THE demise, at the start of the week, of Andrew Flanagan, as chief executive of SMG, may have been partly down to investor pressure, co-ordinated by a former Channel 4 director.
Rob Woodward, a former commercial director of Channel 4 and widely credited for the turnaround and growth in the station’s commercial businesses, had co-ordinated a group of investors, together owning 25 per cent of the shares in SMG, to apply pressure on the company board.
But it’s understood that the pressure has been ongoing for some months and there was no specific demand that Flanagan should go at the point the SMG share price reached 75p or below.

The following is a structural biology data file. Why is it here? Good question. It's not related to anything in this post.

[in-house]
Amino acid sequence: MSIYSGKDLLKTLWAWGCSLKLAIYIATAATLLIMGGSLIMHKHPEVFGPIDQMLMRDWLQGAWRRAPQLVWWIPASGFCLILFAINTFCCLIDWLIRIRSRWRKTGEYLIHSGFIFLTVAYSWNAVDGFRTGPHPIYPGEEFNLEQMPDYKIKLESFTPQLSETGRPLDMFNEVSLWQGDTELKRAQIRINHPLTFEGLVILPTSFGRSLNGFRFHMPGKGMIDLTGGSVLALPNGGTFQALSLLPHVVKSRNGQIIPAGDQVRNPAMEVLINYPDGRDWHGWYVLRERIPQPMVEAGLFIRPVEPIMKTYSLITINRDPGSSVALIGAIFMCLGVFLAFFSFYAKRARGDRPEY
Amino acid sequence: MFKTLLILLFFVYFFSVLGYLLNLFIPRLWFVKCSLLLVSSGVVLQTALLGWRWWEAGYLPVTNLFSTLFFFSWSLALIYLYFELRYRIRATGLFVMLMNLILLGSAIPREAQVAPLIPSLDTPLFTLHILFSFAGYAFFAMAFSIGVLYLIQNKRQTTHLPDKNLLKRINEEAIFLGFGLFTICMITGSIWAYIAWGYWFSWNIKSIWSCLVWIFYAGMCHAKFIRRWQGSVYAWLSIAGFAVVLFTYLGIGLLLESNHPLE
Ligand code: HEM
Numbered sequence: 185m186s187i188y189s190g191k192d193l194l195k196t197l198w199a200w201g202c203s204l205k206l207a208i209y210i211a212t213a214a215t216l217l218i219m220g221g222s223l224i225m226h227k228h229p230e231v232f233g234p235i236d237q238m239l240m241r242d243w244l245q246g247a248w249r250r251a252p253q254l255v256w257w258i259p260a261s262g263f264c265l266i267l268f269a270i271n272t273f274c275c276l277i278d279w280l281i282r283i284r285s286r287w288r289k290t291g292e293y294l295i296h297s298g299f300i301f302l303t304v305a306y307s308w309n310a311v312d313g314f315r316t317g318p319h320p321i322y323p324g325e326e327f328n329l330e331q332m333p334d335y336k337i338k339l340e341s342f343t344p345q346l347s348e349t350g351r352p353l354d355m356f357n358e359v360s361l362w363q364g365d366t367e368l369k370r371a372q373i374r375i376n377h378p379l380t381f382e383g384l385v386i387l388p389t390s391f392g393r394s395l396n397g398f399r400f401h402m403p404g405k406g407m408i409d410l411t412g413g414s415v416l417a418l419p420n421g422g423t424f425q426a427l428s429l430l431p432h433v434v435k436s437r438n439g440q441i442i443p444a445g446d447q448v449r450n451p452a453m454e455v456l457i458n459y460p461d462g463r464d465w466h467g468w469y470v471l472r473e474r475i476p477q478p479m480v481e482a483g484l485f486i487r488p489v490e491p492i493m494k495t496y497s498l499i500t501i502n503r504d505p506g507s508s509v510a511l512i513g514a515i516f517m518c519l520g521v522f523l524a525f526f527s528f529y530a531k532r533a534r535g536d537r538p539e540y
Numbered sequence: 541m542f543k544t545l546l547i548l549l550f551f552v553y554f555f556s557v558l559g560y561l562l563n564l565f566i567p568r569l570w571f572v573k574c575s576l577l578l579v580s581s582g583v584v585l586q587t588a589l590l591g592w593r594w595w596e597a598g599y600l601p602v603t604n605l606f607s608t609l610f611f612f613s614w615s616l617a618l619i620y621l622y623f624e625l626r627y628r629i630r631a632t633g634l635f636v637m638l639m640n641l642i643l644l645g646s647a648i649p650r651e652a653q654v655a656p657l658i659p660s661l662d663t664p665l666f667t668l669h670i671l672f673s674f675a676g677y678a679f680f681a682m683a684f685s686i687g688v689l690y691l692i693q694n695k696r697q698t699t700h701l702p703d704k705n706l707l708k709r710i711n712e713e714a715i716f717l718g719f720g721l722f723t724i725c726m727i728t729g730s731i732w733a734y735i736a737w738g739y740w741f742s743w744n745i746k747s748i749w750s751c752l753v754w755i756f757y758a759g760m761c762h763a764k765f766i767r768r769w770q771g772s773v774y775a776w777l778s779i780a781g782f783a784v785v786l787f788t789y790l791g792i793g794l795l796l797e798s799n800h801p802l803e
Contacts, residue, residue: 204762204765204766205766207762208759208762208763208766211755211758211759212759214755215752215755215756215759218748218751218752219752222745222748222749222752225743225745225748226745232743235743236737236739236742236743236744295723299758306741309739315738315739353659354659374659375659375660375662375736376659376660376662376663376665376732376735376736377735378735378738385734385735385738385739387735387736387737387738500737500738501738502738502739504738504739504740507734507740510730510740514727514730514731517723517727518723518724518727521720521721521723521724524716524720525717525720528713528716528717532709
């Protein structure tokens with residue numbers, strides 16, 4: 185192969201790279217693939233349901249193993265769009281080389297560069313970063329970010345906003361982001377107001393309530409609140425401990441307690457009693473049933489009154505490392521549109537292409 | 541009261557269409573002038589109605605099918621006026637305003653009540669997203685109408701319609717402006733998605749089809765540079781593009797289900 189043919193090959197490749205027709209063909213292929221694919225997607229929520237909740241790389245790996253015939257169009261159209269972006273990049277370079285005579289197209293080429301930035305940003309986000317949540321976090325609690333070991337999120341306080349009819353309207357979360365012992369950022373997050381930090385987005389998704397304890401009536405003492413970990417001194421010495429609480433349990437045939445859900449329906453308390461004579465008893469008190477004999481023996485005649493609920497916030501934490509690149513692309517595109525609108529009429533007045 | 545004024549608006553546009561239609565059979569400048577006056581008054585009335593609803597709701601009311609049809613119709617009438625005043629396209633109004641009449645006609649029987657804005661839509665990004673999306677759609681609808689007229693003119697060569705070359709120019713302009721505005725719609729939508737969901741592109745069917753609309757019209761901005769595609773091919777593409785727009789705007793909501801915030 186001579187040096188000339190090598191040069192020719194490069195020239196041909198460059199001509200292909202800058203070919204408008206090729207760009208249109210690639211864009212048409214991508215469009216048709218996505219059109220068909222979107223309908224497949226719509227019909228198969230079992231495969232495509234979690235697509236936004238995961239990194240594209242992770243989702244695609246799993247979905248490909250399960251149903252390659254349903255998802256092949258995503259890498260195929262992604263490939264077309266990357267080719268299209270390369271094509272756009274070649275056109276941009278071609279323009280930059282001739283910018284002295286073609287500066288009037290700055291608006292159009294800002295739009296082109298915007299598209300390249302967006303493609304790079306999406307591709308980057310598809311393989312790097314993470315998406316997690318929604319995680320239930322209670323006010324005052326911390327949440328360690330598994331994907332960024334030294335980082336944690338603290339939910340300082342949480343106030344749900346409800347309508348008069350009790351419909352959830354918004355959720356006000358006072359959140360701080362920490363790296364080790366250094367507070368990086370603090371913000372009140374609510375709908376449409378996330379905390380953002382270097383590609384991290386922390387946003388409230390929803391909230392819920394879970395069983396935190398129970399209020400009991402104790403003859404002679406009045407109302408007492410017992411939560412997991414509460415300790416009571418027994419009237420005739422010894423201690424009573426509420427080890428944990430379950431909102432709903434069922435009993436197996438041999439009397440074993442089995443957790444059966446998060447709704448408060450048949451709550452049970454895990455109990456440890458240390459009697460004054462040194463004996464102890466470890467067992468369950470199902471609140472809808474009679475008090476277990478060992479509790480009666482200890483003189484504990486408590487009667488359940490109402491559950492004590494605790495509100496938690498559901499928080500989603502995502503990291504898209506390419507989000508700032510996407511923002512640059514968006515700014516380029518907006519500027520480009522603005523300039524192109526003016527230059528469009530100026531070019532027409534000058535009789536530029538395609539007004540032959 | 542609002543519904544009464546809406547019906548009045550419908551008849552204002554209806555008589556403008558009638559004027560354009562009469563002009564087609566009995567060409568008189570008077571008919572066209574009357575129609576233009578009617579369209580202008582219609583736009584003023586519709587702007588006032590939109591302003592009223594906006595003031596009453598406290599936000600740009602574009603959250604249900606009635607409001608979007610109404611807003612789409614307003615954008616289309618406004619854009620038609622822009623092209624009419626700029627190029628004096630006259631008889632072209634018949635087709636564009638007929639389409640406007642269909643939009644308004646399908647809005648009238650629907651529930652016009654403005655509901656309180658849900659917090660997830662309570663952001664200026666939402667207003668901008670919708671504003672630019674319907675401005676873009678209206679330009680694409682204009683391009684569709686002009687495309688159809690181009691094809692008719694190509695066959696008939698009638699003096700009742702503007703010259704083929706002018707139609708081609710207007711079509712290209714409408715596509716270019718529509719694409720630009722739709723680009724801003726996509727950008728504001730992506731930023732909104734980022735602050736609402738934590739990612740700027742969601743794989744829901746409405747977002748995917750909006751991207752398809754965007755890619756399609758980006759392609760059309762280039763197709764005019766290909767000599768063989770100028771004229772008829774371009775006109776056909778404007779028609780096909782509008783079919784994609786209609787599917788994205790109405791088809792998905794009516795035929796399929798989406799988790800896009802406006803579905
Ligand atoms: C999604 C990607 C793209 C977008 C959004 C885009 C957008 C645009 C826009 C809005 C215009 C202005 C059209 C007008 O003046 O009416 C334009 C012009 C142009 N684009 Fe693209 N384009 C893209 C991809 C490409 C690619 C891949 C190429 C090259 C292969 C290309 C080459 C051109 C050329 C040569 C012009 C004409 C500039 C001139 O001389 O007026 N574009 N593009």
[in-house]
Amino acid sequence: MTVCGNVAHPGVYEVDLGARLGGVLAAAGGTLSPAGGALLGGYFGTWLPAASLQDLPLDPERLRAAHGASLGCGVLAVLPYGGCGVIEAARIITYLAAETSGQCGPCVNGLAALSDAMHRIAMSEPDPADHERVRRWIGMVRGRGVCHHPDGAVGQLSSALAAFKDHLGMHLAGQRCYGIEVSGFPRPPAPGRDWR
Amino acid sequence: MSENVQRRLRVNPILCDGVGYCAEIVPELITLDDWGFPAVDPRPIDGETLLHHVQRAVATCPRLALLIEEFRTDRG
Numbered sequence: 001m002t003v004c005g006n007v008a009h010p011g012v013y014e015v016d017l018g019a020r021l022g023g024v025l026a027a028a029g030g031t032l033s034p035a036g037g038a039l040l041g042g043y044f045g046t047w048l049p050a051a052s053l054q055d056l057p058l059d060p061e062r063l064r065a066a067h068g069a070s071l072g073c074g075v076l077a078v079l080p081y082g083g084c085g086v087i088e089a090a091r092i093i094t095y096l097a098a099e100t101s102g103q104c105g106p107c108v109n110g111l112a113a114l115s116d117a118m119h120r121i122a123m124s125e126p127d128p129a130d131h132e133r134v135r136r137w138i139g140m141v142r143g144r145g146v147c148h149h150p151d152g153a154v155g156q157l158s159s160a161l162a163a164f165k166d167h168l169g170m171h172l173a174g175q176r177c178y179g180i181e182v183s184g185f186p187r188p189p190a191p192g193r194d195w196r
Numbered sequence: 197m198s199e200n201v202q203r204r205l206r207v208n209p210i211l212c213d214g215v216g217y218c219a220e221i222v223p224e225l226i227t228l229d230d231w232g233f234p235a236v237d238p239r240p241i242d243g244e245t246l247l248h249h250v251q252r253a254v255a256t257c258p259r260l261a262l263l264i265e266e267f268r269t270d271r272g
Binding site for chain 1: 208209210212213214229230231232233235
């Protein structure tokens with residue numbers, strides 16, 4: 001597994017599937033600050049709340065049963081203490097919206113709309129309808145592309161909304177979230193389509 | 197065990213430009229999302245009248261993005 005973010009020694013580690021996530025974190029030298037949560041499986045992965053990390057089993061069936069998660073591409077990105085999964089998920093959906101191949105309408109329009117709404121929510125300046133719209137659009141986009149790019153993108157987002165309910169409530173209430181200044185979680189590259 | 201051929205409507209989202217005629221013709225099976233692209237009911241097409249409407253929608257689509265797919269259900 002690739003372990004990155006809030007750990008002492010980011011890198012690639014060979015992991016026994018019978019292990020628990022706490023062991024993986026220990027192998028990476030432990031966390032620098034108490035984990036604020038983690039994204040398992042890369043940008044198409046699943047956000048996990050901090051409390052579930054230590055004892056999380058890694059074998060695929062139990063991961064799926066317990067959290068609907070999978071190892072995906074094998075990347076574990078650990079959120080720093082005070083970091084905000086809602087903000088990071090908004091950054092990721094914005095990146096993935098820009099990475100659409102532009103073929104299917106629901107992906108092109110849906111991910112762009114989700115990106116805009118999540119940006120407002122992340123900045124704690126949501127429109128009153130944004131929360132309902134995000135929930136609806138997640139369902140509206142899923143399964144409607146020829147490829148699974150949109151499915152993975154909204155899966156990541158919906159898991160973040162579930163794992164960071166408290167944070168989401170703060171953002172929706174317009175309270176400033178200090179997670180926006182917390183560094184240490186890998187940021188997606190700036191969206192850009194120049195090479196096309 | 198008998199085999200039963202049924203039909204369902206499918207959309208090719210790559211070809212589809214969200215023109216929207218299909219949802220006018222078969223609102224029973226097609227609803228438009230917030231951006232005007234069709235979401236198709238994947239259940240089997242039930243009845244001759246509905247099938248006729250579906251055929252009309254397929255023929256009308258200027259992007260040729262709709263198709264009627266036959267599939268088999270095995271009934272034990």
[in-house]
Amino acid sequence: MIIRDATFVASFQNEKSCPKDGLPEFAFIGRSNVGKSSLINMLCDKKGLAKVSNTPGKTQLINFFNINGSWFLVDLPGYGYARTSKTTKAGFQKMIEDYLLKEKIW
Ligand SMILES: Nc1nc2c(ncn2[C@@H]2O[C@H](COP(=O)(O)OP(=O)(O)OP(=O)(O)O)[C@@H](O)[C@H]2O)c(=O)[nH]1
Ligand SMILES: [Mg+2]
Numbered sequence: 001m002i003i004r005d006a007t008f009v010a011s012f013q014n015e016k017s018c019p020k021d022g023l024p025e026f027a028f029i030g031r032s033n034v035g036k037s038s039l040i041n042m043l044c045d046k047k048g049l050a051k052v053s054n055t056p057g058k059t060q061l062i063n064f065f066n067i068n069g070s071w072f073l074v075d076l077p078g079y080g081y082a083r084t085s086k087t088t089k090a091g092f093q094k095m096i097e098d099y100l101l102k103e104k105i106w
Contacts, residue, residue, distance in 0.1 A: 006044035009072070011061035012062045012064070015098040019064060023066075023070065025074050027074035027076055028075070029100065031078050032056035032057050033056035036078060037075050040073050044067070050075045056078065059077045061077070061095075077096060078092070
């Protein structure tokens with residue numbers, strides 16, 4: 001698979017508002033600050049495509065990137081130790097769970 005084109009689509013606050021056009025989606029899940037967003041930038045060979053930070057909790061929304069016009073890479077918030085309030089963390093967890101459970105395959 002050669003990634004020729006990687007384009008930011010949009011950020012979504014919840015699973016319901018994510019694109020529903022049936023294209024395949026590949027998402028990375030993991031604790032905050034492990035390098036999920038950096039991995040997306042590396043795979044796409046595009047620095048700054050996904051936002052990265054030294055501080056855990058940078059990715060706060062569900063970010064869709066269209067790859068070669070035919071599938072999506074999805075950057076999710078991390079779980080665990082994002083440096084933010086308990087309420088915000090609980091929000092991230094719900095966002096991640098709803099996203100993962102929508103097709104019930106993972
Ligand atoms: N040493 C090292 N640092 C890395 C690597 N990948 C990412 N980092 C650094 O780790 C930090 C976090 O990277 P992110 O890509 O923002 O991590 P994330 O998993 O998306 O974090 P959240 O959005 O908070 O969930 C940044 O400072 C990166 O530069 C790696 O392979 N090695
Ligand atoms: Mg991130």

Woodward has been presenting his vision for SMG to institutional investors since the start of the year. He is presenting himself as one half of a ‘dream ticket’, the other half being Richard Findlay – the former head of the former Scottish Radio Holdings radio group. One notable sponsor is David Montgomery, one time chief of the Mirror newspapers group, who has a small shareholding in SMG.
What seems clear is that Woodward’s backers are buying into a diagnosis of SMG that it has lost vibrancy and is not as well placed as it might be to respond to the possibilities offered by the fast-moving world that is digital television.
If successful, the plan would be that Findlay would succeed Chris Masters as chair while Woodward would become chief executive, ousting acting chief executive, Donald Emslie, considered by many to have a good chance of being offered the position on a permanent basis.